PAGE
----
Evinacumab therapy significantly reduced low-density lipoprotein cholesterol (LDL-c) concentrations by up to 50% among patients with refractory hypercholesterolemia. These findings, from a double-blind, placebo-controlled, phase 2 trial, were published in the New England Journal of Medicine.

Patients (N=266) with hypercholesterolemia and clinical atherosclerotic cardiovascular disease were recruited from 85 sites across 20 countries. This study included both subcutaneous (450 mg weekly [n=40], 300 mg weekly [n=42], 300 mg every 2 weeks [n=39], or placebo weekly [n=41] for 16 weeks) and intravenous (15 mg/kg [n=39], 5 mg/kg [n=36], or placebo [n=34] every 4 weeks for 6 months) therapies, in which status of heterozygous familial hypercholesterolemia was factored into the randomization scheme. LDL-c levels and safety were assessed at the study’s conclusion.

Respectively, the subcutaneous and intravenous participants at baseline had heterozygous familial hypercholesterolemia (72% and 81%), the mean LDL-c was 150.0 plus or minus 80.2 and 144.5 plus or minus 54.0 mg/dl, 44% and 52% were receiving high-intensity statins, and 30% and 38% were receiving ezetimibe. The patients who were randomly assigned to receive 300 mg of subcutaneous evinacumab every 2 weeks had lower baseline LDL-c (136.2±70.2 mg/dl) than participants from other groups.


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Among the subcutaneous recipients, at 16 weeks the change from baseline of LDL-c was -47.2% (450 mg) and -44.0% (300 mg/week), and the placebo group had an 8.8% change. Compared with placebo, the 450-mg dose had the greatest difference (-56.0%; 95% CI, -73.7% to -38.3%; P <.001) followed by the 300-mg/weekly dose (-52.9%; 95% CI, -70.7% to -35.1%; P <.001) and the 300-mg/every 2 weeks treatment (-38.5%; 95% CI, -56.5% to -20.6%; P <.001).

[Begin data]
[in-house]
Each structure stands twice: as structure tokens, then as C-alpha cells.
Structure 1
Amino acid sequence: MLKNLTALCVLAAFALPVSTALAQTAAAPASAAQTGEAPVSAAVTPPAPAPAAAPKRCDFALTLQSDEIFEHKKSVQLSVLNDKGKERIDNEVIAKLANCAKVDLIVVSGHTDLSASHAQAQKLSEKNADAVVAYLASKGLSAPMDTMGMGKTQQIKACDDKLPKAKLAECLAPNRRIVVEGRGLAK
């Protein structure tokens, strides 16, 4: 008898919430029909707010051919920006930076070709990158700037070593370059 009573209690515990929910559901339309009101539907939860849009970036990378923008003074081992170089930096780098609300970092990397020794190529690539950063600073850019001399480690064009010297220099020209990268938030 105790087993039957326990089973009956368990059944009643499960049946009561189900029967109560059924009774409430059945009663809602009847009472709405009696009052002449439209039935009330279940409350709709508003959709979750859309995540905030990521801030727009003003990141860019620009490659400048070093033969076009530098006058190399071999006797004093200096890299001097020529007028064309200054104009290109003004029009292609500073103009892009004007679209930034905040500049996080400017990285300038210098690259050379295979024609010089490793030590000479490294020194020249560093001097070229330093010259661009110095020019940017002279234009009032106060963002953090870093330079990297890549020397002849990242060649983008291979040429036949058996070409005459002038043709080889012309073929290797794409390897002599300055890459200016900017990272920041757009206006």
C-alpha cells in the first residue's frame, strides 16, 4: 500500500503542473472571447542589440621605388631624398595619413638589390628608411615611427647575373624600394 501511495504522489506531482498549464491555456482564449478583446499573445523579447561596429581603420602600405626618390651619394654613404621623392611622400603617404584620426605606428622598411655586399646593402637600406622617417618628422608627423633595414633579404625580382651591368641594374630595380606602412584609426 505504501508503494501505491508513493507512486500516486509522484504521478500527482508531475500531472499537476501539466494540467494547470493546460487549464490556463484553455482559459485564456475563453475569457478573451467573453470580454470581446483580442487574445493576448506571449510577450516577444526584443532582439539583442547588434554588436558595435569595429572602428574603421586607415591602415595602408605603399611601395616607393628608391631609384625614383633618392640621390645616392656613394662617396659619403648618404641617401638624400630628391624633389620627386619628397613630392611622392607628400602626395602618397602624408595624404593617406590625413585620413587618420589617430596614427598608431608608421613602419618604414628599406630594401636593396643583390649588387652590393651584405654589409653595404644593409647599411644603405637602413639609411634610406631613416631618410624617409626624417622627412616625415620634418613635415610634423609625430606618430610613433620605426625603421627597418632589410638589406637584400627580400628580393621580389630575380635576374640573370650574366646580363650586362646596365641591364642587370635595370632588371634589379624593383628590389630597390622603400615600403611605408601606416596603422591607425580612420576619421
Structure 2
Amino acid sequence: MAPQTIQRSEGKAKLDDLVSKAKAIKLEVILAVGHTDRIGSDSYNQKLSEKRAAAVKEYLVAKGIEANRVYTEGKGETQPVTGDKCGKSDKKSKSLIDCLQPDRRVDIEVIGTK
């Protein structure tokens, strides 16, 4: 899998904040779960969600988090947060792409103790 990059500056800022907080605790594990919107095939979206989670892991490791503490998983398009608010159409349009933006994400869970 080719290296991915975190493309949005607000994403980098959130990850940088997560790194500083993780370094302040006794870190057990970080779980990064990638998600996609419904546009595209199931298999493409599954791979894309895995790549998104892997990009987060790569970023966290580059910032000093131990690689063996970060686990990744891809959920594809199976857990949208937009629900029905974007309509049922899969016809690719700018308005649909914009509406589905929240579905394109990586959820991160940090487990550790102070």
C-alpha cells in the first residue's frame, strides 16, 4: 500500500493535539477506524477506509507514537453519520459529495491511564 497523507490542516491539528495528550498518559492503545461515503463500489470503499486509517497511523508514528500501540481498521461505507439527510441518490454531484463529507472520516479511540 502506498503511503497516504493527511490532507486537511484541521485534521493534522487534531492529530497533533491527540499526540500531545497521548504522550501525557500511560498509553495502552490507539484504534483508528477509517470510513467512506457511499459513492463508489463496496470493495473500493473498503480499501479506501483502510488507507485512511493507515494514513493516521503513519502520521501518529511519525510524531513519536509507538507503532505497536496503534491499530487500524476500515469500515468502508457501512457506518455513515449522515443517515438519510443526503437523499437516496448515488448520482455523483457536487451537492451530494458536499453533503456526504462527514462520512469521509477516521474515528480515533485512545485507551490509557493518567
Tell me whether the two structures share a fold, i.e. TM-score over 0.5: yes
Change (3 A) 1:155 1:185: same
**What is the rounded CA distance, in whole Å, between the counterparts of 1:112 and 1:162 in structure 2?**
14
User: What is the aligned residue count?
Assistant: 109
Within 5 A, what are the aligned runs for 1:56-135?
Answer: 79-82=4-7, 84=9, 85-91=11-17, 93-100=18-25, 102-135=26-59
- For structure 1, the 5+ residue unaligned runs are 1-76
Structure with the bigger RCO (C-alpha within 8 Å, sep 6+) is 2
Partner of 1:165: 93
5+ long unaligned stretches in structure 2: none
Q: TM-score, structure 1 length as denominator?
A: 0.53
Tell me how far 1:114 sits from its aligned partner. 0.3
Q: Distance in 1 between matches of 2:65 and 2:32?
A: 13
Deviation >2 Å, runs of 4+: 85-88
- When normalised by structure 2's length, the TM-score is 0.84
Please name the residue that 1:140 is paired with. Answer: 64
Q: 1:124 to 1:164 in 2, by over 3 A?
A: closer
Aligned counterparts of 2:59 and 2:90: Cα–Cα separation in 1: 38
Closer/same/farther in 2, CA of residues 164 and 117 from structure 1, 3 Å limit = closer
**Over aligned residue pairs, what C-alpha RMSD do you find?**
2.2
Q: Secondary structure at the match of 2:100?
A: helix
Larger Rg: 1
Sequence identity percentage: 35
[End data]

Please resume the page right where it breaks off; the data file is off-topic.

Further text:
Among the group receiving intravenous treatment, at 16 weeks the change from baseline was -49.9% among the 15-mg group compared with a 0.6% change for the placebo cohort. This difference equated to a -50.5% (95% CI, -68.4% to -32.6%; P <.001) difference among the high-dose group. The difference between the 5-mg dose and placebo was -24.2% (95% CI, -42.6% to -5.7%).

Adverse events were experienced by 68% (450 mg), 67% (300 mg/week), and 82% (300 mg/every 2-weeks) of those on the subcutaneous regimen; 54% receiving subcutaneous placebo; and 84% (15 mg/kg) and 75% (5 mg/kg) of those on the intravenous regimen, and 70% receiving the intravenous placebo. The events that were more frequent among subcutaneous treatment recipients were urinary tract infections, injection-site erythema, arthralgia, and myalgia. Among intravenous treatment recipients, the most common events were nasopharyngitis, bodily pain, fatigue, nausea, and dizziness.

Few major adverse events led to treatment discontinuation (evinacumab: n=6; placebo: n=3). Two evinacumab recipients died during the study from heart failure or cardiogenic shock (300 mg/week) and sudden cardiac death (300 mg/every 2 weeks). No significant safety differences between subcutaneous and intravenous therapies were found.

This study was limited by its sample size and the lack of diversity among participants.

These results indicated that evinacumab was effective at reducing LDL-c among patients with homozygous or heterozygous familial hypercholesterolemia as well as among patients with undetermined hypercholesterolemia.

Disclosure: Multiple authors declared affiliations with industry. Please refer to the original article for a full list of disclosures.

Reference

Rosenson RS, Burgess LJ, Ebenbichler CF, et al. Evinacumab in patients with refractory hypercholesterolemia. N Engl J Med. 2020;383(24):2307-2319. doi:10.1056/NEJMoa2031049

This article originally appeared on Endocrinology Advisor